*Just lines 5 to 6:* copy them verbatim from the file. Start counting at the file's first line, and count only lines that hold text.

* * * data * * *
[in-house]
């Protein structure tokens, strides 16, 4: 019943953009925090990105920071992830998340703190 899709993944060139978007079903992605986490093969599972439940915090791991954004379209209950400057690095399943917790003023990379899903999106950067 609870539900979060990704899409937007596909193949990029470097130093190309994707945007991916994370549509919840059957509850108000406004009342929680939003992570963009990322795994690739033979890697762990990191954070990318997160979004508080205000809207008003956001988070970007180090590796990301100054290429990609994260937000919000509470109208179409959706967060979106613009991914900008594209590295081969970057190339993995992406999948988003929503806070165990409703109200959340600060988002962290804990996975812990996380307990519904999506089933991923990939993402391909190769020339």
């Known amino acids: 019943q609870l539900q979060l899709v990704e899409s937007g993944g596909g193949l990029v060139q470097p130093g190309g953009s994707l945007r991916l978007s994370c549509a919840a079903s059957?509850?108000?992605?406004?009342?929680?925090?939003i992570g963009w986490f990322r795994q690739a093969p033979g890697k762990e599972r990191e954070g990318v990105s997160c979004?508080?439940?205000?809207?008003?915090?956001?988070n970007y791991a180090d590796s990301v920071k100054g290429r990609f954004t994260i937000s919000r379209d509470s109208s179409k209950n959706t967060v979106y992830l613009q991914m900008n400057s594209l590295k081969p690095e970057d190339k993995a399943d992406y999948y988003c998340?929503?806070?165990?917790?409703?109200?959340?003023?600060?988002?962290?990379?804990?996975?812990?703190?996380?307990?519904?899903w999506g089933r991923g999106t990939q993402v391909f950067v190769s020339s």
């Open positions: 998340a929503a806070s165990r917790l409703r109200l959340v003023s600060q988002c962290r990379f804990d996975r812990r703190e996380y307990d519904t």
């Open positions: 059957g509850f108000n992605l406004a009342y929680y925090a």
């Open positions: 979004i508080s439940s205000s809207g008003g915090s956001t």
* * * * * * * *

């Open positions: 059957g509850f108000n992605l406004a009342y929680y925090a």
């Open positions: 979004i508080s439940s205000s809207g008003g915090s956001t």